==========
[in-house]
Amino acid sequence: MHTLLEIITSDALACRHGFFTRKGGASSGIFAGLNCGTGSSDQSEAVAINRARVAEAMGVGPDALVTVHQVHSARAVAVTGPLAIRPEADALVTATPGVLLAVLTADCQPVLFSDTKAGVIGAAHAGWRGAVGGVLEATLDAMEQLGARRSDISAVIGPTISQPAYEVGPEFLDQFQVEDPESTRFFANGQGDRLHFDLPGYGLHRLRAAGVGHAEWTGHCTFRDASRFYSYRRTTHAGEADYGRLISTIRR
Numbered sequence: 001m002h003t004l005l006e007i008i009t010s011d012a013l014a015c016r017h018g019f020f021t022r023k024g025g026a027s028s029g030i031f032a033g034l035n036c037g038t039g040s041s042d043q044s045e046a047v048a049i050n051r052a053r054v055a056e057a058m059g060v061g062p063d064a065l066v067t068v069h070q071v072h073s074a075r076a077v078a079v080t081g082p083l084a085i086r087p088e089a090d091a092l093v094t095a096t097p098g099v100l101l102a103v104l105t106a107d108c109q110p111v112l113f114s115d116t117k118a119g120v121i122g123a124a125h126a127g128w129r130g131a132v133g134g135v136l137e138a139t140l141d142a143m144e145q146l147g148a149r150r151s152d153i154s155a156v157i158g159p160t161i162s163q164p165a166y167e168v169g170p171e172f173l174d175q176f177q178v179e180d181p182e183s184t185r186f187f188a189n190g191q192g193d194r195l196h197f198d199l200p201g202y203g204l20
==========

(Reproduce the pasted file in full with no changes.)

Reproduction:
[in-house]
Amino acid sequence: MHTLLEIITSDALACRHGFFTRKGGASSGIFAGLNCGTGSSDQSEAVAINRARVAEAMGVGPDALVTVHQVHSARAVAVTGPLAIRPEADALVTATPGVLLAVLTADCQPVLFSDTKAGVIGAAHAGWRGAVGGVLEATLDAMEQLGARRSDISAVIGPTISQPAYEVGPEFLDQFQVEDPESTRFFANGQGDRLHFDLPGYGLHRLRAAGVGHAEWTGHCTFRDASRFYSYRRTTHAGEADYGRLISTIRR
Numbered sequence: 001m002h003t004l005l006e007i008i009t010s011d012a013l014a015c016r017h018g019f020f021t022r023k024g025g026a027s028s029g030i031f032a033g034l035n036c037g038t039g040s041s042d043q044s045e046a047v048a049i050n051r052a053r054v055a056e057a058m059g060v061g062p063d064a065l066v067t068v069h070q071v072h073s074a075r076a077v078a079v080t081g082p083l084a085i086r087p088e089a090d091a092l093v094t095a096t097p098g099v100l101l102a103v104l105t106a107d108c109q110p111v112l113f114s115d116t117k118a119g120v121i122g123a124a125h126a127g128w129r130g131a132v133g134g135v136l137e138a139t140l141d142a143m144e145q146l147g148a149r150r151s152d153i154s155a156v157i158g159p160t161i162s163q164p165a166y167e168v169g170p171e172f173l174d175q176f177q178v179e180d181p182e183s184t185r186f187f188a189n190g191q192g193d194r195l196h197f198d199l200p201g202y203g204l20